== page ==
Estonia on the world map. Map of Estonia
Map of Estonia with cities. Where Estonia is on the world map. The main geographical facts about Estonia - population, country area, capital, official language, religions, industry and culture.
Estonia Fact File
Official name Republic of Estonia
Form of government Republic with single legislative body (Parliament)
Area 45,100 sq km (1 7,41 3 sq miles)
Time zone GMT + 3 hours
Projected population 2015 1,190,000
Population density 31.4 per sq km (81.3 per sq mile)
Life expectancy 70.0
Infant mortality (per 1,000) 12.3
Official language Estonian
Other languages Latvian, Lithuanian, Russian
Literacy rate 100 %
Religions Lutheran 96%; Eastern Orthodox and Baptist 4%
Ethnic groups Estonian 61.5%, Russian 30.3%, Ukrainian 3.2%, Belarusian 1.8%, Finnish 1.1 %, other 2.1 %
Economy Industry 65%, services 28%, agriculture 7% GNP per capita US$ 10,900
Climate Cool temperate; cold winters and mild summers Highest point Mt Munamagi 318 m (1,043 ft) Map reference Page 287
It has been claimed that Estonia's flag, consisting of a blue, a black, and a white horizontal bar, represents the country's blue skies, black soils, and snowy winters. This, the smallest and least populous of the three Baltic countries, contains more than 1,500 lakes within its borders and its land area includes more than 800 islands in the Baltic Sea and the Gulf of Finland. The largest of the lakes, Lake Peipus, is in the far east of the country and forms most of its border with Russia.
Russia has been the dominant power in Estonia's recent history and the large ethnic Russian minority bears witness to this. From the thirteenth until the eighteenth century the Estonians were ruled by outsiders, first the Germans and then the Swedes. In 1721 Russia assumed control and ruled the country for almost 200 years. Occupied by Germany during the First World War, Estonia declared its independence in 1918. This was achieved in 1920 when, after an armed struggle, Russia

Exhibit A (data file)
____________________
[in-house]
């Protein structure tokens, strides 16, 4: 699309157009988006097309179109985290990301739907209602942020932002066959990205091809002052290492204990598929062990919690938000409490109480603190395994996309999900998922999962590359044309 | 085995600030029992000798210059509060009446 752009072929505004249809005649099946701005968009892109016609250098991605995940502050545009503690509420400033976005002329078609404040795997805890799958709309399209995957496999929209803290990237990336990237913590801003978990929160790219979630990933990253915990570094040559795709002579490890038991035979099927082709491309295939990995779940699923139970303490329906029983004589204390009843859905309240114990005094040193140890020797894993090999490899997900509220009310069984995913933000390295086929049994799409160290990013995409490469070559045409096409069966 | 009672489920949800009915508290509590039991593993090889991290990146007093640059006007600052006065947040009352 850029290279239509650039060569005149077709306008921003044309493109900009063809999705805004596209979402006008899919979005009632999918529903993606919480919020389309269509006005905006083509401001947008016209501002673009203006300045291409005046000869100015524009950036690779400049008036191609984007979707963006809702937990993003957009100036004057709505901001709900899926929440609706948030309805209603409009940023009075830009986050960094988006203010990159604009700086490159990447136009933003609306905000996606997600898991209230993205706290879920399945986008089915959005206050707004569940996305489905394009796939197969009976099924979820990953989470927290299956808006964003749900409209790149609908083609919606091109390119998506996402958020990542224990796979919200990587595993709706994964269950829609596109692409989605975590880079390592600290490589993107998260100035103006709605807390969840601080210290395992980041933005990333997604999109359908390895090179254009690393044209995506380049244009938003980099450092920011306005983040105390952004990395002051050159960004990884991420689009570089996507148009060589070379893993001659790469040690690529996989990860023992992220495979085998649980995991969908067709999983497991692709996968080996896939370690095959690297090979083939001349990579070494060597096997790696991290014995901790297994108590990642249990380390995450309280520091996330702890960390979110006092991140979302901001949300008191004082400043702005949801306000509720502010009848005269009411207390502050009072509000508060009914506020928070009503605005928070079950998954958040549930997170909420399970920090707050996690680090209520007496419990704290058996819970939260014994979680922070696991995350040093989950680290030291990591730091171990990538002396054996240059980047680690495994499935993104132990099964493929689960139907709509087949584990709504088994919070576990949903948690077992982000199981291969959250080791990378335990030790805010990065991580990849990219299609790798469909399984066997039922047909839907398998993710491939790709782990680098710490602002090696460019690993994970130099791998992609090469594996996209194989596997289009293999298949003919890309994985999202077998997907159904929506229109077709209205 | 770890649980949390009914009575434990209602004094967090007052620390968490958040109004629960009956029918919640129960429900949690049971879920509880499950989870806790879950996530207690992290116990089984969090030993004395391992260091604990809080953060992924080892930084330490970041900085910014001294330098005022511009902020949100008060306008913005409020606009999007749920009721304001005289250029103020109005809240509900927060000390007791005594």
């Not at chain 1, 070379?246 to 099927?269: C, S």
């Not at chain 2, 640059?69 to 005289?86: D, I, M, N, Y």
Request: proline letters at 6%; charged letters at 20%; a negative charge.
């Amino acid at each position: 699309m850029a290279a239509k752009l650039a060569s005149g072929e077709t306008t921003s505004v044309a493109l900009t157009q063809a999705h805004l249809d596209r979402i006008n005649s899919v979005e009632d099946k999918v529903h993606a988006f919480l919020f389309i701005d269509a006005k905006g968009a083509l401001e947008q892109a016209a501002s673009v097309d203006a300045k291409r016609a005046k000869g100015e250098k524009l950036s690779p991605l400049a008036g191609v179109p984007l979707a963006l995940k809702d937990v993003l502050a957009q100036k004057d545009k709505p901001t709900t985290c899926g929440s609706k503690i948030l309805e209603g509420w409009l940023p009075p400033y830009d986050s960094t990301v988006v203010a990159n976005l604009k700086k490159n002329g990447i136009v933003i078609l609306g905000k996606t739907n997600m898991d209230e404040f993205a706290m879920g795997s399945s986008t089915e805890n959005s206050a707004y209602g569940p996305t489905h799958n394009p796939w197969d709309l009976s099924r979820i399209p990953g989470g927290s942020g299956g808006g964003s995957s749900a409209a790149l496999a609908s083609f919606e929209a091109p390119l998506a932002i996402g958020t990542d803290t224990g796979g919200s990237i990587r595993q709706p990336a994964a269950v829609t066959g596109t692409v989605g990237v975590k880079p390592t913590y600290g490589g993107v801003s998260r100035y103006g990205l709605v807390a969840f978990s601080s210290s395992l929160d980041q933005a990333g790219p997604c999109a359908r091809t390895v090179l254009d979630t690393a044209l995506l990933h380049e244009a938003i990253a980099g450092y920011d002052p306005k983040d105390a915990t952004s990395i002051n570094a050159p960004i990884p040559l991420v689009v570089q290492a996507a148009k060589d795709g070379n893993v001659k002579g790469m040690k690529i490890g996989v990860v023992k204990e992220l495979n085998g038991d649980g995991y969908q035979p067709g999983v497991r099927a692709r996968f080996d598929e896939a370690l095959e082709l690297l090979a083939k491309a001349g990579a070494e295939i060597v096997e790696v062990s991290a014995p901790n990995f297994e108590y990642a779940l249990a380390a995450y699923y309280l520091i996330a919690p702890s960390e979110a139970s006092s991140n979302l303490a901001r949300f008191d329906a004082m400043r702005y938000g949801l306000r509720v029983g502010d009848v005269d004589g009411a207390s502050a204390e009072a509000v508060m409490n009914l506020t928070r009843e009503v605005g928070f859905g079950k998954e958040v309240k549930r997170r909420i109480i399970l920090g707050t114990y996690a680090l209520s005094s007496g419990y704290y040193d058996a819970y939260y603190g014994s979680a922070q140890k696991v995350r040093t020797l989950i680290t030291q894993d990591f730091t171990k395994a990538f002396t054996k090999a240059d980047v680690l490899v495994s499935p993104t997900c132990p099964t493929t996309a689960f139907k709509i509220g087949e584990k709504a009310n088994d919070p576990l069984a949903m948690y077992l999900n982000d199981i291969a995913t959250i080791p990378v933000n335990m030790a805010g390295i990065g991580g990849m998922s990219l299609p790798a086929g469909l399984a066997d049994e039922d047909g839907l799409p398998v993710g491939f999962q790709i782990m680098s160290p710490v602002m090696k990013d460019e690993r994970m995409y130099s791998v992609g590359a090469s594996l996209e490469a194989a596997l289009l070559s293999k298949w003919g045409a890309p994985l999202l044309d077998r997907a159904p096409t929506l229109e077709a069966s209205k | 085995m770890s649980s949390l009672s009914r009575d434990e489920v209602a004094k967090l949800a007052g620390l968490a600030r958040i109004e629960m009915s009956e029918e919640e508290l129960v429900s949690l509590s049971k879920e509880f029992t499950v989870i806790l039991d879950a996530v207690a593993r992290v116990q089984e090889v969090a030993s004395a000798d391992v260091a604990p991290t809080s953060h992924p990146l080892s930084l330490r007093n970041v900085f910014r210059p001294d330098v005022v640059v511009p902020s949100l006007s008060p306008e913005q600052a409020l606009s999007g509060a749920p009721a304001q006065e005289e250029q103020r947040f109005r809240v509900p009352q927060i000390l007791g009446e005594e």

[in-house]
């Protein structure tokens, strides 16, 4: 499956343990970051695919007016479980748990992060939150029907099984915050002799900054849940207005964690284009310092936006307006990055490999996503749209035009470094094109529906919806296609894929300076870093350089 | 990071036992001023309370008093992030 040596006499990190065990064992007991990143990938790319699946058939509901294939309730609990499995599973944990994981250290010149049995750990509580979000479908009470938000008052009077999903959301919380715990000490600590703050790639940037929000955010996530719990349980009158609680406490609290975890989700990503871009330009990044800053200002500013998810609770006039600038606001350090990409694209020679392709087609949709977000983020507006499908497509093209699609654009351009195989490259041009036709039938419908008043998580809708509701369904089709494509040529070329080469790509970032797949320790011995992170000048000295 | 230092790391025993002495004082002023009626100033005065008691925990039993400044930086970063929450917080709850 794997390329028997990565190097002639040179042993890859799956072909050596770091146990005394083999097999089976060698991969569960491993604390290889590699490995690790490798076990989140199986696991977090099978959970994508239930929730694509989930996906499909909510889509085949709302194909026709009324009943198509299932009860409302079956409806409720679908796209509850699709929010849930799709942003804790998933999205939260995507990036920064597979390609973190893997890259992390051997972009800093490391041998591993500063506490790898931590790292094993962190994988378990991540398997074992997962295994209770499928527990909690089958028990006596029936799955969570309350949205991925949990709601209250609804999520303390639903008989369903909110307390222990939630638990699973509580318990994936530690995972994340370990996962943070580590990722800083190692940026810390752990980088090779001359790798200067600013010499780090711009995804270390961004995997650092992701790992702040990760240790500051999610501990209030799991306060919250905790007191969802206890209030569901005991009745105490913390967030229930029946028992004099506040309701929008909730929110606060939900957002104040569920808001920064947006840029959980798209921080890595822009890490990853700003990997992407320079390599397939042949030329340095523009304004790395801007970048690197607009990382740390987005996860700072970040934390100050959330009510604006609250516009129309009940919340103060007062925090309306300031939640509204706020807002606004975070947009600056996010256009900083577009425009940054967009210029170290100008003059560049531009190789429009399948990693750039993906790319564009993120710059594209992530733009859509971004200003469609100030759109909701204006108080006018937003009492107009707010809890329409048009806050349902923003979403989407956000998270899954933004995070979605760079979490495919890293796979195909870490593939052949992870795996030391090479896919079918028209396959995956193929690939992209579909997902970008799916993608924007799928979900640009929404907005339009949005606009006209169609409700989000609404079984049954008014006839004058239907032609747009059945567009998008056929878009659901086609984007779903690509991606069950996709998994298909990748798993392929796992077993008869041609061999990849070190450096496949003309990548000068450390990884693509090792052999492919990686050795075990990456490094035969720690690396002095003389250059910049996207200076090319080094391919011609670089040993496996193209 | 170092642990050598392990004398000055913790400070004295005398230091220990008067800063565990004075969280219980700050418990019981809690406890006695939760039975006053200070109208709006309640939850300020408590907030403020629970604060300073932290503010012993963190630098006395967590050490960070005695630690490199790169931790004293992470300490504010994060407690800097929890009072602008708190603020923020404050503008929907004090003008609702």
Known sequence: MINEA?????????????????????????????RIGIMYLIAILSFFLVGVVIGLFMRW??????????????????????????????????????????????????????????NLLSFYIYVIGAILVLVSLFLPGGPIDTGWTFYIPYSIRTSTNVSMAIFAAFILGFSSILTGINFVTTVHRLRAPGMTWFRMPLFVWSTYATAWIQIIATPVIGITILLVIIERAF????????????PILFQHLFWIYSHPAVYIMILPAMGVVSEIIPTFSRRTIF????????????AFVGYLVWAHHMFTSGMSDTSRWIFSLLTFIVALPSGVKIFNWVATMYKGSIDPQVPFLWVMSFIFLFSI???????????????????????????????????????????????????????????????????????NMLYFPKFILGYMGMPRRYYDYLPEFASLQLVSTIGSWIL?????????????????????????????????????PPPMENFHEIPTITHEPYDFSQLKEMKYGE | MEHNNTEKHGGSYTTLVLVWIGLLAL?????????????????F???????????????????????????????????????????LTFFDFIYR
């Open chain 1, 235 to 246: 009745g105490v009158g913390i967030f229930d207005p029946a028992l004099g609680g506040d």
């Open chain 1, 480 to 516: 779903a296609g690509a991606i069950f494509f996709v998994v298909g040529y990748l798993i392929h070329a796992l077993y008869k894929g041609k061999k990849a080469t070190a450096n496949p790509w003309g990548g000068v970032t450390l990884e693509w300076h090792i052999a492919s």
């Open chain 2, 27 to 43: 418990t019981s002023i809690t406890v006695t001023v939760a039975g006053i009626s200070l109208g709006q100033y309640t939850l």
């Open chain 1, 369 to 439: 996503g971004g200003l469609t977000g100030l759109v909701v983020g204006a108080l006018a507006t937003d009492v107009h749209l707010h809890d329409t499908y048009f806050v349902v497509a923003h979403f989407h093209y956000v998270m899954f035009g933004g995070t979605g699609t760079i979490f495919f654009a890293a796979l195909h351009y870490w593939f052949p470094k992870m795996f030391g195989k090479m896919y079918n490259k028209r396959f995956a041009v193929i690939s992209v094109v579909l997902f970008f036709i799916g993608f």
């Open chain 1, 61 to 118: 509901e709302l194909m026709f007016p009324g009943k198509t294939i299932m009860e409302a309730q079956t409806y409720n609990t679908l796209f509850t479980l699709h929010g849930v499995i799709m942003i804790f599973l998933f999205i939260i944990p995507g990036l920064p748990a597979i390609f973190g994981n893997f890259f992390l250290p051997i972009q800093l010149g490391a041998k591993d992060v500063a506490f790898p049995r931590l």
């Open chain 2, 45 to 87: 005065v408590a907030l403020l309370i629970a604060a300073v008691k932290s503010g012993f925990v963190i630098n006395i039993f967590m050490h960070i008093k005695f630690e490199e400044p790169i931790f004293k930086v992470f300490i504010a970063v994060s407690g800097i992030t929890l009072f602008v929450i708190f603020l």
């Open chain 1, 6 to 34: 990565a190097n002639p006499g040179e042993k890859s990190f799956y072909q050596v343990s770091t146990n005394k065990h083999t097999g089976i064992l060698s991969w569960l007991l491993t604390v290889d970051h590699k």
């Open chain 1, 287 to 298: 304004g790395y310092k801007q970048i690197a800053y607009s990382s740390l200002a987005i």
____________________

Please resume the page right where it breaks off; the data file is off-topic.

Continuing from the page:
The medieval rooftops of Tallinn, the capital of Estonia (above). Savonlinna, a city on the Finnish Seenplatte, in the foreground the fortress Olavinlinna (below). The harbor of Stockholm, Sweden (left page).
formally recognized the small country. It was a short-lived victory, however. During the Second World War Estonia was overrun first by the Russians and then by the Germans. In 1944 it was returned to the Soviets and remained part of the USSR until it once again declared itself independent in August 1991, following Lithuania's example of the previous year. Since 2004 Estonia has been a member of the EU.
Most of Estonia is low-lying and flat or gently undulating. Large areas of land are barren and stony, a legacy of the glaciers that once covered much of the landscape. There are extensive woodlands which supply the raw materials for the country's important timber and woodworking industries. Engineering and textile manufacture are also significant. Despite its black soils, little of the land is arable and the main agricultural industries are dairying and livestock raising, especially pig farming. Mineral resources are meager, though extensive deposits of shale are used in the production of gas and chemical products.
Compared with other former Soviet republics, the people of Estonia enjoy a high standard of living. The economy, after declining for some years following independence, has improved steadily as increasing trade with Western countries has shielded Estonia from some of the effects of the declining Russian economy.